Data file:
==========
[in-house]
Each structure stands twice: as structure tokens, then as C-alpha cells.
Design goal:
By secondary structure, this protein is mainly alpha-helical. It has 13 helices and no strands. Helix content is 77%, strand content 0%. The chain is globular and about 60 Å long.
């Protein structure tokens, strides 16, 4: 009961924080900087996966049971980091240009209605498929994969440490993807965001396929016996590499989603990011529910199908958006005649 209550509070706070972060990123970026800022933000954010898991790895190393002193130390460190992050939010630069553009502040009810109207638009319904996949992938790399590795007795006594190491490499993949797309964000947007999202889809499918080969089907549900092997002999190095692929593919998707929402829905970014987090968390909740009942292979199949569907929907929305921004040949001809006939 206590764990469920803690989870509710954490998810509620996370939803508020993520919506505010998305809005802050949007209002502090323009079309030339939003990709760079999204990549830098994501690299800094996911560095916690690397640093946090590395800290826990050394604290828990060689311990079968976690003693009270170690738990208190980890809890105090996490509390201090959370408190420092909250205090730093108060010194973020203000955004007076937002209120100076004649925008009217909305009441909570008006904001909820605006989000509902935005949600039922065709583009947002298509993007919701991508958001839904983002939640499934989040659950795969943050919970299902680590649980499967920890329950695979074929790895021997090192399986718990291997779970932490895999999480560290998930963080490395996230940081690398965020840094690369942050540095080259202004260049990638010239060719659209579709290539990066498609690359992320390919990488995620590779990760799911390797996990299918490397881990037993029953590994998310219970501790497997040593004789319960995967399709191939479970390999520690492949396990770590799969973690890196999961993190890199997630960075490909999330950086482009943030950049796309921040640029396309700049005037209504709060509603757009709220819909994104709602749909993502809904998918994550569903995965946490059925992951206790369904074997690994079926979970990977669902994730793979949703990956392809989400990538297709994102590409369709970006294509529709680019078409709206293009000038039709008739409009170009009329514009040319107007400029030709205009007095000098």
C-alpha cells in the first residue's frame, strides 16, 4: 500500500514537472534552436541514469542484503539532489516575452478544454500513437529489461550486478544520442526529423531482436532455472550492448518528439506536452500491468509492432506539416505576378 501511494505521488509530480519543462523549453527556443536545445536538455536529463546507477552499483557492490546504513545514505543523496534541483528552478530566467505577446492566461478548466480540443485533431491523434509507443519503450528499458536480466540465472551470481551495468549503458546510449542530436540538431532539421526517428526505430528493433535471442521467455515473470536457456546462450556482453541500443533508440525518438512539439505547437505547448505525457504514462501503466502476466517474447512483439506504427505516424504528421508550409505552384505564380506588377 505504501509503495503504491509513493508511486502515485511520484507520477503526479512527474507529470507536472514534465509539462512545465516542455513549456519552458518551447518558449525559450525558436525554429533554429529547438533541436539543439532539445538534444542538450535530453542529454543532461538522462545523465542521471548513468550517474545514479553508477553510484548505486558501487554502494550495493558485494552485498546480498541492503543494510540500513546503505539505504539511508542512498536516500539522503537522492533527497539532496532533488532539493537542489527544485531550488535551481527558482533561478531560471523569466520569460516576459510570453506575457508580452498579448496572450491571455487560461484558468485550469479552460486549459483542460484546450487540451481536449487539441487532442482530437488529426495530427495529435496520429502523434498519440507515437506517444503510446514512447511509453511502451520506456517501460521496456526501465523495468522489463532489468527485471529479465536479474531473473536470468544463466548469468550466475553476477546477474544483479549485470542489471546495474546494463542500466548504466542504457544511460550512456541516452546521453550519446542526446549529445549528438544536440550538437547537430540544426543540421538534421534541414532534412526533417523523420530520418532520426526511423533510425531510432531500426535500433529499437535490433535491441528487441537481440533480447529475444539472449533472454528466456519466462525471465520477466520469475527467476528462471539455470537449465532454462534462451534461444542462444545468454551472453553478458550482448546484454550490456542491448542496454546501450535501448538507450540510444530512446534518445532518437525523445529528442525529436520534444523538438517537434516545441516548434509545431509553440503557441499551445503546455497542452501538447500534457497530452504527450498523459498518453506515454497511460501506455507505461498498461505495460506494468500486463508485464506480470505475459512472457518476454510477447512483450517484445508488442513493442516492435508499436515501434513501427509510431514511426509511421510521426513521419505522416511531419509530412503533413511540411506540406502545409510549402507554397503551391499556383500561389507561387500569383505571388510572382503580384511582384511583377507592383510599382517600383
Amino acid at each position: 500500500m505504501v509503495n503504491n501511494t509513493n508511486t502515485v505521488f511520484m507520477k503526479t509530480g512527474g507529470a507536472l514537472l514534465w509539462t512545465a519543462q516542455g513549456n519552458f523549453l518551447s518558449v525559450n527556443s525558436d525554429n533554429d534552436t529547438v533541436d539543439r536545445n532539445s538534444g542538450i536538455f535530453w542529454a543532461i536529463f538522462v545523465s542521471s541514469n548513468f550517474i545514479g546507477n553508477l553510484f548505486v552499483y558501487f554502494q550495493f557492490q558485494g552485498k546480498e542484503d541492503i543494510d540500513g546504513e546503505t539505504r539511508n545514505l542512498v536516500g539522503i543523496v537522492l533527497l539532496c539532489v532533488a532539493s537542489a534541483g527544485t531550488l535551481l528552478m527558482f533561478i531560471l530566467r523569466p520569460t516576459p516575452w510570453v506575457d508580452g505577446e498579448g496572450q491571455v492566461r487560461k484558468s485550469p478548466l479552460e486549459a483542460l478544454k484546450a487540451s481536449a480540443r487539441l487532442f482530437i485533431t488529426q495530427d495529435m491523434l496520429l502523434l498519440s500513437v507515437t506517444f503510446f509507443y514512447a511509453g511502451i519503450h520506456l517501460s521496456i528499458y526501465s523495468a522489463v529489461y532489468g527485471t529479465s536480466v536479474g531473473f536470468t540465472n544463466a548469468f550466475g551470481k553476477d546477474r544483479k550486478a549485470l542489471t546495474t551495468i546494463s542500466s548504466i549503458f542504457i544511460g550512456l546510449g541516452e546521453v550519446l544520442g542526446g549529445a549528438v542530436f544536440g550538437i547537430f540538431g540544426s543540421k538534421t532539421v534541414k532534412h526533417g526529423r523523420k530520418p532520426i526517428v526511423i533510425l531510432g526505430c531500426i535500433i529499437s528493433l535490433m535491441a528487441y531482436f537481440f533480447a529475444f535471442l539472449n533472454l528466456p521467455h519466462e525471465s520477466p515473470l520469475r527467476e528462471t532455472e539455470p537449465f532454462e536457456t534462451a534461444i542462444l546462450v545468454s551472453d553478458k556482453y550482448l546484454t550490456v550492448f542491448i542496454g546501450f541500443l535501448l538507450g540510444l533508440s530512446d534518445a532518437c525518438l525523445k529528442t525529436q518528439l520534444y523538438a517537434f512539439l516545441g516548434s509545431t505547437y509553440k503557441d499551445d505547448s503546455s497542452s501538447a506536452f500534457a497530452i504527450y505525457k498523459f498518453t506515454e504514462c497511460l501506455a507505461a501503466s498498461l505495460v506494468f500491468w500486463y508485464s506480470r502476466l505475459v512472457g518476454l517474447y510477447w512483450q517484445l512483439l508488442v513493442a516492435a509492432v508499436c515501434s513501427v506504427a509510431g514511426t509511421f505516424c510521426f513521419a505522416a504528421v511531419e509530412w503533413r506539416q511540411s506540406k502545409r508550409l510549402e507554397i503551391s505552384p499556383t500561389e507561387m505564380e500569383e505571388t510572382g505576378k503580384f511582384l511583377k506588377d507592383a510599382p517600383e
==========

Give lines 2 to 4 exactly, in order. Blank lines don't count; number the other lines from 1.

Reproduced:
Each structure stands twice: as structure tokens, then as C-alpha cells.
Design goal:
By secondary structure, this protein is mainly alpha-helical. It has 13 helices and no strands. Helix content is 77%, strand content 0%. The chain is globular and about 60 Å long.